• geoff1968 says:

        Ayn Rand…useless ideological tripe. A rabbit hole for the intellect. What Ta-Nehisi says is true. There is no debate regarding the veracity of his piece. An adult American knows. People get screwed over in America every day. No one deserves special treatment because of a past wrong. Correcting the present, however, is an idea I am willing to entertain.

        Does that include amnesty?

    • Owl of Bellaire says:

      “There are two novels that can change a bookish fourteen-year-old’s life: *The Lord of the Rings* and *Atlas Shrugged*. One is a childish fantasy that often engenders a lifelong obsession with its unbelievable heroes, leading to an emotionally stunted, socially crippled adulthood, unable to deal with the real world. The other, of course, involves orcs.” — John Rogers

  9. Owl of Bellaire says:

    Sternn waxed lyrical about his quest for and emphatic insistence on the true meaning of the U.S. Constitution. I was responding directly, but it got long enough I thought perhaps I shouldn’t clutter up the middle of an existing thread with such a response.

    The American system failed — yes, failed — after the laissez-faire blandishments of late nineteenth-century Republicans led to multiple social, political, and economic changes and convulsions, culminating in the crisis of the Great Depression. Roosevelt’s quite genuine fear was that the U.S. might suffer its own communist revolution — which would, I hasten to say, have been a terrible fate, and truly have ended the American experiment.

    And when such a formidable system fails, much as with the crisis of the Roman Republic, or the Roman Empire’s “Crisis of the Third Century”, or other models (though I’m a classicist and tend toward what is most familiar), you often find that new governing principles and methods arise which use the language and appearances of the old systems, but reflect a fundamentally different reality. Such has been the late-twentieth-century American state. It was politically and practically impossible for Roosevelt alone to alter the American government’s basic laws in order to exactly match what was needed for its survival. However, both Republicans and Democrats agreed to “look the other way”, valuing survival and comity over the chaos and dissolution which might otherwise ensue.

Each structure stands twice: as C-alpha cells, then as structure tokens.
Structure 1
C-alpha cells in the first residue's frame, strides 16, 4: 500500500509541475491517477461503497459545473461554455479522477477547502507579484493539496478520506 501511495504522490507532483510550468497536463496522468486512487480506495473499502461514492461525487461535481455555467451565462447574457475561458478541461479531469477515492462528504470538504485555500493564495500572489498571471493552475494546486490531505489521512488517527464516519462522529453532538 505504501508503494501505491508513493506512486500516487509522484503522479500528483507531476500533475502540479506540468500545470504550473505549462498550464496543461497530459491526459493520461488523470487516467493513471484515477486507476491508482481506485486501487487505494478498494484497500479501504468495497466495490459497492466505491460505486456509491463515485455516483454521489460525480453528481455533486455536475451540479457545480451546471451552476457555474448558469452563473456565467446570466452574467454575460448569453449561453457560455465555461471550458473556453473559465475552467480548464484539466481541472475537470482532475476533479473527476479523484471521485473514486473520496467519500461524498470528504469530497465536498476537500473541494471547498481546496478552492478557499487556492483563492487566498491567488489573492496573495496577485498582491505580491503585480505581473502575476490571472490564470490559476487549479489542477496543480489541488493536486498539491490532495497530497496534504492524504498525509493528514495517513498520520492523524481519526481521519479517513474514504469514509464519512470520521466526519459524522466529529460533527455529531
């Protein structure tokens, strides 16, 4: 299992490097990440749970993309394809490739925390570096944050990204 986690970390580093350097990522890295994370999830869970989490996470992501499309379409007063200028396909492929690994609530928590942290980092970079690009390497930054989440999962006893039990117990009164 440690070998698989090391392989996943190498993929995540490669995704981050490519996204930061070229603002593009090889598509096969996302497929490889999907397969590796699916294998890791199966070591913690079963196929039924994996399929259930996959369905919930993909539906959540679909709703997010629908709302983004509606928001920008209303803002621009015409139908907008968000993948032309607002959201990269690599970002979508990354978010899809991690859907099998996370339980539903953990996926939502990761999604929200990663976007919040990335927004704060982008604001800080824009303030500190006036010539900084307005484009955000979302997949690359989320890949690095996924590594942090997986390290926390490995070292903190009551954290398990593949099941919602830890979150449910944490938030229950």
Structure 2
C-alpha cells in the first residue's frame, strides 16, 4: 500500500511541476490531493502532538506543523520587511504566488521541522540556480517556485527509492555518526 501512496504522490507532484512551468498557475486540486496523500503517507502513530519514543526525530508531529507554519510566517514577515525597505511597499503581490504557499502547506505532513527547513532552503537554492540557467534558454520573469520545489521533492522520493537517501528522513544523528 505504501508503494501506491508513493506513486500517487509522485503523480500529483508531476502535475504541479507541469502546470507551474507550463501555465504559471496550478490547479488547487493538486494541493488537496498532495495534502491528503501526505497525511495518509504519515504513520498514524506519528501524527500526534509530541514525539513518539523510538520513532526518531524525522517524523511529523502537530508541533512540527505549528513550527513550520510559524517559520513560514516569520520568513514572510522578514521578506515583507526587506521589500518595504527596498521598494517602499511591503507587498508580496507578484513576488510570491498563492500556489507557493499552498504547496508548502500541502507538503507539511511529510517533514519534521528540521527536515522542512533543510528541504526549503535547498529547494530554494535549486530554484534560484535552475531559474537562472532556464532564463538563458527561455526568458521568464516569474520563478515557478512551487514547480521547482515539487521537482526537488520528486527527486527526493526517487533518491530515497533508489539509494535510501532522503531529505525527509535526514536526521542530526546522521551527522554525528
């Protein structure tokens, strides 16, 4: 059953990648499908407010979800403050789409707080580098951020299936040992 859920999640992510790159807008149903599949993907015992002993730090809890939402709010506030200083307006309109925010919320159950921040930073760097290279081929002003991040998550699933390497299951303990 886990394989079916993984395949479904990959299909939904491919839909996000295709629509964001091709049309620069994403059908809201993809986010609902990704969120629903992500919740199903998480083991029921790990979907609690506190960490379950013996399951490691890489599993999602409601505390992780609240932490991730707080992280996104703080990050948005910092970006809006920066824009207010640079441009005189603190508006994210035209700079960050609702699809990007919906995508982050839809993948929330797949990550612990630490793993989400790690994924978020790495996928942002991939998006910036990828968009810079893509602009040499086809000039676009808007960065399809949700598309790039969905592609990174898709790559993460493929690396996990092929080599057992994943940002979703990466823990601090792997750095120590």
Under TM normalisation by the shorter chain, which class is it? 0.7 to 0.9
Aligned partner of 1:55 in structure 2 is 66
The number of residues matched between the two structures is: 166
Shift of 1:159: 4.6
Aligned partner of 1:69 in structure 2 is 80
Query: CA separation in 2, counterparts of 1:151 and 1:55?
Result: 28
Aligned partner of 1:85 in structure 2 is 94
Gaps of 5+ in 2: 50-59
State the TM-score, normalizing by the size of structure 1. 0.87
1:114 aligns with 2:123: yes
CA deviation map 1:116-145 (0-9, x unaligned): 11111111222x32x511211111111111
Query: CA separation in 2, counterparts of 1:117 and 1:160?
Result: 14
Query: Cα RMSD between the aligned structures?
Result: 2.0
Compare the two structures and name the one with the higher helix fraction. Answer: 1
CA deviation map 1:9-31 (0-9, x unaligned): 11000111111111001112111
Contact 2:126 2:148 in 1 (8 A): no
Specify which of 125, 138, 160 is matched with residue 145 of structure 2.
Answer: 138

Some political scientists might identify this shift with the appearance of the “Fifth Party System” of American politics. The First Party System ended with the collapse of the Federalists and the rise of Jacksonian democracy, which also radically altered the nature and behavior of American government; the Second with the schism and rebirth of the Civil War; the Third with the aforementioned meltdown of the Gilded Age (particularly the Panic of 1893), leading to the Fourth System’s back-and-forth grappling over trusts, unions, and the place of an international role for the United States in an industrializing world, a dispute ended in the simultaneous political, economic, and military eruptions of that world which Roosevelt faced and overcame.

    Mind you, that bargain over allowing necessary change is now broken, and the Reagan Revolution ushered in some of the same forces of deregulation and kleptocracy which had produced the earlier crisis. (Some claim we are now in a Sixth Party System; others that these are still the death throes of the Fifth.). Our current political stalemates and entrenched hostilities, combined with some future calamity, could well force yet another shift in the practical nature of our government compared to its strict, foundational description. Or perhaps, like many previous nations subjected to multiple hazards and yet too brittle to adapt to them, we will shatter rather than change.